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Pro. Here's too small a pasture for such a store of muttons.
Speed. If the ground be overcharg’d, you were best stick her.
Pro. ' Nay, in that you are astray; 'twere best pound you.
Speed. Nay, Sir, less than a pound shall serve me for carrying your letter. · Pro. You mistake: I mean the pound, a pinfold.
Speed. From a pound to a pin? fold it over and over, 'tis threefold too little for carrying a letter to your lover.
Pro. But what said she: * did she nod? Speed nods.
Speed. You mistook, Sir: I said, she did nod :
Pro. And that fet together, is noddy.
Speed. Now you have taken the pains to set it together, take it for your pains.
Pro. No, no, you shall have it for bearing the letter,
Speed. Well, I perceive, I must be fain to bear with you.
Pro. Why, Sir, how do you bear with me?
Speed. Marry, Sir, the letter very orderly ; Having nothing but the word noddy for my pains.
Pro. Beshrew me, but you have a quick wit.
Pro. Come, come, open the matter in brief : what said she ?
Again Heywood, in his Love's Mistress, 1636, speaking of Cupid, says, he is the “ Hero of hie-hoes, admiral of ay-me's, and “ monsieur of mutton lac'd.” Steevens.
• Nay, in that you are aftray ;-] For the reason Protheus gives, Dr. Thirlby advises that we should read, a stray, i. e, a ftray theep; which continues Protheus's banter upon Speed.
THEOBALD. ? did he nod?] These words have been supplied by fome of the editors, to introduce what follows. Steevens.
Speed. Open your purse, that the money and the matter may be both at once deliver'd.
Pro. Well, Sir, here is for your pains : what said she ?
Speed. Truly, Sir, I think you'll hardly win her.
Pro. Why? could'st thou perceive so much from her ?
Speed. Sir, I could perceive nothing at all from her ;
Speed. No, not so much as-Take this for thy pains. To testify your bounty, I thank you, 4 you have
testern'd me : In requital whereof, henceforth carry your letters yourself : and fo, Sir, I'll commend you to my master. Pro. Go, go, be gone, to save your ship from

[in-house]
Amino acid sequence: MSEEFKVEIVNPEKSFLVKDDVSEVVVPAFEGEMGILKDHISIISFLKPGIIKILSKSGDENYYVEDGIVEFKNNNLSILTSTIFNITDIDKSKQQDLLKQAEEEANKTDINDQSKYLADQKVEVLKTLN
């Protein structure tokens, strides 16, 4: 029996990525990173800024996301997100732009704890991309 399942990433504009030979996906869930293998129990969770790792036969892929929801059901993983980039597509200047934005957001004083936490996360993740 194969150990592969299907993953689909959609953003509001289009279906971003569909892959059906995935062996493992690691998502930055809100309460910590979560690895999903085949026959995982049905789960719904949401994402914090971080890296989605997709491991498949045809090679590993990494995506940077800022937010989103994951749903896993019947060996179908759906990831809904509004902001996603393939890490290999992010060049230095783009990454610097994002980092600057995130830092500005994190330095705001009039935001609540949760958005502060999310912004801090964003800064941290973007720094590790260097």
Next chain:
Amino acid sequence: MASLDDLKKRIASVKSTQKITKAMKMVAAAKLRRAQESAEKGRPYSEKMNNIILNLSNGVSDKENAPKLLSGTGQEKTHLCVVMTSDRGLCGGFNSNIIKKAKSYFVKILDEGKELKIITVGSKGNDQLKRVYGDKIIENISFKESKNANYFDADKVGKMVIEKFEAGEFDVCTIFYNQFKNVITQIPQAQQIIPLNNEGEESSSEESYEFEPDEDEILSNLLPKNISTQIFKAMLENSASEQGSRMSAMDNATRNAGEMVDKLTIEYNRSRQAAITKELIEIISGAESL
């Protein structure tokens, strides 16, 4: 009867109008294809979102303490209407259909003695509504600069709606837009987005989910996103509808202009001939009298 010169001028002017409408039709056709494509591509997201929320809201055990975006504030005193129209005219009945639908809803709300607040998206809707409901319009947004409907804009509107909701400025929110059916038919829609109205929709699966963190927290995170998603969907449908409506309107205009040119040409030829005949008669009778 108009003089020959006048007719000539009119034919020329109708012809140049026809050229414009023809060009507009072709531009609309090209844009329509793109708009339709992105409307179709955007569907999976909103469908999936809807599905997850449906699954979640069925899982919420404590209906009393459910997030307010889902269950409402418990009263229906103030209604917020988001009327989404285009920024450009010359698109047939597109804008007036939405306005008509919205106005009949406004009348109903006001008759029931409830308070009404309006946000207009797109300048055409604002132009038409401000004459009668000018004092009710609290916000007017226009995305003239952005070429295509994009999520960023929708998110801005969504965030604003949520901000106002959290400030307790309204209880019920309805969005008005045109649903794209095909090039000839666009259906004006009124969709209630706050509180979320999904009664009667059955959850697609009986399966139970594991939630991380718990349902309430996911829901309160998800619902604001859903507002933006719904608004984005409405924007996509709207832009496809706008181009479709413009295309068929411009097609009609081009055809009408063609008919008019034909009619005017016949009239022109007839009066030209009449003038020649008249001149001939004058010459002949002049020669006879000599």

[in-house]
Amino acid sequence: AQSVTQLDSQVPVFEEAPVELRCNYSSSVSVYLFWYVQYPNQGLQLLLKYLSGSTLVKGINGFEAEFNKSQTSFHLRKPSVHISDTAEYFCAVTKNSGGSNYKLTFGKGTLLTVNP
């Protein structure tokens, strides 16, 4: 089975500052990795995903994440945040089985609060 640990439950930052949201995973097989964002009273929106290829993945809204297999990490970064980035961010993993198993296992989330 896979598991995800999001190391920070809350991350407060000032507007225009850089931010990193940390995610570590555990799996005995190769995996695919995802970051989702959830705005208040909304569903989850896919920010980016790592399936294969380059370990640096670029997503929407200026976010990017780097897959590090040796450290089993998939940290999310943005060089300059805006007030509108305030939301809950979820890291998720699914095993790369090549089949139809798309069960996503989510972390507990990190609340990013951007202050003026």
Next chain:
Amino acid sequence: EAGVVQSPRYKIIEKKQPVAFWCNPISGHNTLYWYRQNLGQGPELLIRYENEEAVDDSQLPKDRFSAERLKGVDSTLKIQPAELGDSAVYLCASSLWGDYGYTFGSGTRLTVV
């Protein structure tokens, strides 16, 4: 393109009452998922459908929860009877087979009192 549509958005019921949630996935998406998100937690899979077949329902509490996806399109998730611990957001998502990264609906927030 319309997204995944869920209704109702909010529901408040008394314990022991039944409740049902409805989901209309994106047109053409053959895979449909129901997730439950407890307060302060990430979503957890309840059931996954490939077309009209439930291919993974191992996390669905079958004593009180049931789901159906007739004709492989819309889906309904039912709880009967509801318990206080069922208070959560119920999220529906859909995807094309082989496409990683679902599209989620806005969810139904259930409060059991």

[Èxeunt severally. s t elling her mind.] The old copy reads your mind.
STEEVENS. 4 y ou have testern'd me :) You have gratified me with a tefter, teftern, or teften, that is, with a sixpence. JOHNSON.
S Ċ E 'N E II.
Enter Julia and Lucetta.
Luc. Ay, madam, so you stumble not unheedfully,
Ful. Of all the fair resort of gentlemen That every day with parle encounter me, In thy opinion which is worthiest love? Luc. Please you, repeat their names, I'll shew my
mind According to my shallow simple skill.
Jul. What think'st thou of the fair Sir Eglamour ?
Luc. As of a knight well spoken, neat and fine; But were I you, he never should be mine.
Jul. What think'st thou of the rich Mercatio ?
Jul. Why not on Protheus, as on all the rest?
Luc. I have no other but a woman's reason;
Jul. And would'st thou have me cast my love on him? Luc. Ay, if you thought your love not cast away. Yul. Why, he of all the rest hath never mov’d me. Luc. Yet he of all the rest, I think, best loves ye. Jul. His little speaking shews his love but small. * Should censure thus, &c.] To cenfure means, in this place, to pass sentence. So in Othello : .
“ - to you, lord governor,
“ Remains the cenfure of this hellith villain.” Steev. , Vol. I.
No Whisper and como harbour wantsvaly broker?
Luc. Fire, that is closest kept, burns most of all.
Jul. Now, by my modesty, 5 a goodly broker!
Luc. To plead for love deserves more fee than hate.
5 a goodly broker!] A broker was used for matchmaker, fometimes for a procuress. JOHNSON.
How angerly I taught my brow to frown,
Luc. I would it were ;
Jul. What is’t that you
Luc. Madam, it will not lie, where it concerns,
Jul. Some love of yours hath writ to you in rhime..
Luc. That I might sing it, madam, to a tune :
Jul. As little by such toys as may be possible :
Jul. Let's see your song:
Luc. Keep tune there still, so you will sing it out . And yet, methinks, I do not like this tune.
- fomach on your meat,] Stomach was used for paffion or obftinacy. JOHNSON.